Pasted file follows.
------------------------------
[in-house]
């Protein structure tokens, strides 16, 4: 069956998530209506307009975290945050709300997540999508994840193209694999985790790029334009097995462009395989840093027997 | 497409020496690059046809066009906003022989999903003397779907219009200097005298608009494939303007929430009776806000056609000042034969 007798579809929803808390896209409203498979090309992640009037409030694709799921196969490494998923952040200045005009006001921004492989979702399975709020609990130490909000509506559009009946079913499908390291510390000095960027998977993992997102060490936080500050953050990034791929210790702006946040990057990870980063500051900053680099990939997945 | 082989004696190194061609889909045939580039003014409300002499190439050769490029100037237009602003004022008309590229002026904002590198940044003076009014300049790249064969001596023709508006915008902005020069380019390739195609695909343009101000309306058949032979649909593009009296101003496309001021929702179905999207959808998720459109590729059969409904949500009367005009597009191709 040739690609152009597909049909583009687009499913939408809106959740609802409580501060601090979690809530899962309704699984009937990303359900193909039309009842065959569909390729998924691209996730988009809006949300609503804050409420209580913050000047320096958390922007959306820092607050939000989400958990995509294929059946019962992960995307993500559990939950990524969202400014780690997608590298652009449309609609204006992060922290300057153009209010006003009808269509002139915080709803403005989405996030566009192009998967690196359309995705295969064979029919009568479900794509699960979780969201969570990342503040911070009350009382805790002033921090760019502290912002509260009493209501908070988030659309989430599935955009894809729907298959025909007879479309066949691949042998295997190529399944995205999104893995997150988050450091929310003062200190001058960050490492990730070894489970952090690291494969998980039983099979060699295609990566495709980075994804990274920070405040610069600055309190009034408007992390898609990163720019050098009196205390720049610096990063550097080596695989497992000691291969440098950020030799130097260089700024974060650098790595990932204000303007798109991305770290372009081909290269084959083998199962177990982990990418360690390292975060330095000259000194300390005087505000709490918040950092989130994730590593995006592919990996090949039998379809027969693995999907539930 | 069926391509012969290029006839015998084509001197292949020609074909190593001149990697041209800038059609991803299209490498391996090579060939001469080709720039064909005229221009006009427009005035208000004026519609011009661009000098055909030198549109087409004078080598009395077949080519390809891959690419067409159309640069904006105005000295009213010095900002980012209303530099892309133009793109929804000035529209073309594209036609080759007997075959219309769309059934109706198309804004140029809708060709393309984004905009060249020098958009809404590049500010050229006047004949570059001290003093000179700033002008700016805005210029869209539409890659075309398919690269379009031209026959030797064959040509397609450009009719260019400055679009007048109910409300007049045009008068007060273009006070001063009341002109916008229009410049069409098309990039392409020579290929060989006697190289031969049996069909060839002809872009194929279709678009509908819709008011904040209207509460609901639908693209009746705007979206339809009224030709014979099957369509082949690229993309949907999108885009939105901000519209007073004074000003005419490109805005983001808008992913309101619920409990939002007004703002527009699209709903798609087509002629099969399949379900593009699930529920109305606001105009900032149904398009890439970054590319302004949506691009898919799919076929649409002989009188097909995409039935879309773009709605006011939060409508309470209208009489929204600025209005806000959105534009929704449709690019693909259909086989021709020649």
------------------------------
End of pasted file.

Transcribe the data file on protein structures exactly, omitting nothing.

[in-house]
């Protein structure tokens, strides 16, 4: 069956998530209506307009975290945050709300997540999508994840193209694999985790790029334009097995462009395989840093027997 | 497409020496690059046809066009906003022989999903003397779907219009200097005298608009494939303007929430009776806000056609000042034969 007798579809929803808390896209409203498979090309992640009037409030694709799921196969490494998923952040200045005009006001921004492989979702399975709020609990130490909000509506559009009946079913499908390291510390000095960027998977993992997102060490936080500050953050990034791929210790702006946040990057990870980063500051900053680099990939997945 | 082989004696190194061609889909045939580039003014409300002499190439050769490029100037237009602003004022008309590229002026904002590198940044003076009014300049790249064969001596023709508006915008902005020069380019390739195609695909343009101000309306058949032979649909593009009296101003496309001021929702179905999207959808998720459109590729059969409904949500009367005009597009191709 040739690609152009597909049909583009687009499913939408809106959740609802409580501060601090979690809530899962309704699984009937990303359900193909039309009842065959569909390729998924691209996730988009809006949300609503804050409420209580913050000047320096958390922007959306820092607050939000989400958990995509294929059946019962992960995307993500559990939950990524969202400014780690997608590298652009449309609609204006992060922290300057153009209010006003009808269509002139915080709803403005989405996030566009192009998967690196359309995705295969064979029919009568479900794509699960979780969201969570990342503040911070009350009382805790002033921090760019502290912002509260009493209501908070988030659309989430599935955009894809729907298959025909007879479309066949691949042998295997190529399944995205999104893995997150988050450091929310003062200190001058960050490492990730070894489970952090690291494969998980039983099979060699295609990566495709980075994804990274920070405040610069600055309190009034408007992390898609990163720019050098009196205390720049610096990063550097080596695989497992000691291969440098950020030799130097260089700024974060650098790595990932204000303007798109991305770290372009081909290269084959083998199962177990982990990418360690390292975060330095000259000194300390005087505000709490918040950092989130994730590593995006592919990996090949039998379809027969693995999907539930 | 069926391509012969290029006839015998084509001197292949020609074909190593001149990697041209800038059609991803299209490498391996090579060939001469080709720039064909005229221009006009427009005035208000004026519609011009661009000098055909030198549109087409004078080598009395077949080519390809891959690419067409159309640069904006105005000295009213010095900002980012209303530099892309133009793109929804000035529209073309594209036609080759007997075959219309769309059934109706198309804004140029809708060709393309984004905009060249020098958009809404590049500010050229006047004949570059001290003093000179700033002008700016805005210029869209539409890659075309398919690269379009031209026959030797064959040509397609450009009719260019400055679009007048109910409300007049045009008068007060273009006070001063009341002109916008229009410049069409098309990039392409020579290929060989006697190289031969049996069909060839002809872009194929279709678009509908819709008011904040209207509460609901639908693209009746705007979206339809009224030709014979099957369509082949690229993309949907999108885009939105901000519209007073004074000003005419490109805005983001808008992913309101619920409990939002007004703002527009699209709903798609087509002629099969399949379900593009699930529920109305606001105009900032149904398009890439970054590319302004949506691009898919799919076929649409002989009188097909995409039935879309773009709605006011939060409508309470209208009489929204600025209005806000959105534009929704449709690019693909259909086989021709020649």